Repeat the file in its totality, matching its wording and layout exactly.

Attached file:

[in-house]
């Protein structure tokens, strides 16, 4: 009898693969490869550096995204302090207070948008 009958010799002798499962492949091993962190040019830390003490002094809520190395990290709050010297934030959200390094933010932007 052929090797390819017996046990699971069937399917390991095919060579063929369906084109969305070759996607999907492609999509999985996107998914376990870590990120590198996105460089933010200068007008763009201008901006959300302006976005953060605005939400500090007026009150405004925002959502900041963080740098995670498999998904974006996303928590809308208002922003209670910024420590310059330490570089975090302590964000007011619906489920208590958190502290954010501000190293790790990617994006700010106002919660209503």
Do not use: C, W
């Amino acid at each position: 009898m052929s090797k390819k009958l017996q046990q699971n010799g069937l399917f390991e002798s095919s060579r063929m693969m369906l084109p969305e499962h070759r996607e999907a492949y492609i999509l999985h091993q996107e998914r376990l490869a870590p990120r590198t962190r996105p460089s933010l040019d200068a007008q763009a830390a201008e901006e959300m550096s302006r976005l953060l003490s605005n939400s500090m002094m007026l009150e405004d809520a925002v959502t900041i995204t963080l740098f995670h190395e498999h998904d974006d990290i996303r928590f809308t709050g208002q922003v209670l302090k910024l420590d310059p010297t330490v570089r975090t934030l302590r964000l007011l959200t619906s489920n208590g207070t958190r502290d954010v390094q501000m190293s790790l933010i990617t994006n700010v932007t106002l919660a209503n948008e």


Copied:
[in-house]
């Protein structure tokens, strides 16, 4: 009898693969490869550096995204302090207070948008 009958010799002798499962492949091993962190040019830390003490002094809520190395990290709050010297934030959200390094933010932007 052929090797390819017996046990699971069937399917390991095919060579063929369906084109969305070759996607999907492609999509999985996107998914376990870590990120590198996105460089933010200068007008763009201008901006959300302006976005953060605005939400500090007026009150405004925002959502900041963080740098995670498999998904974006996303928590809308208002922003209670910024420590310059330490570089975090302590964000007011619906489920208590958190502290954010501000190293790790990617994006700010106002919660209503």
Do not use: C, W
């Amino acid at each position: 009898m052929s090797k390819k009958l017996q046990q699971n010799g069937l399917f390991e002798s095919s060579r063929m693969m369906l084109p969305e499962h070759r996607e999907a492949y492609i999509l999985h091993q996107e998914r376990l490869a870590p990120r590198t962190r996105p460089s933010l040019d200068a007008q763009a830390a201008e901006e959300m550096s302006r976005l953060l003490s605005n939400s500090m002094m007026l009150e405004d809520a925002v959502t900041i995204t963080l740098f995670h190395e498999h998904d974006d990290i996303r928590f809308t709050g208002q922003v209670l302090k910024l420590d310059p010297t330490v570089r975090t934030l302590r964000l007011l959200t619906s489920n208590g207070t958190r502290d954010v390094q501000m190293s790790l933010i990617t994006n700010v932007t106002l919660a209503n948008e």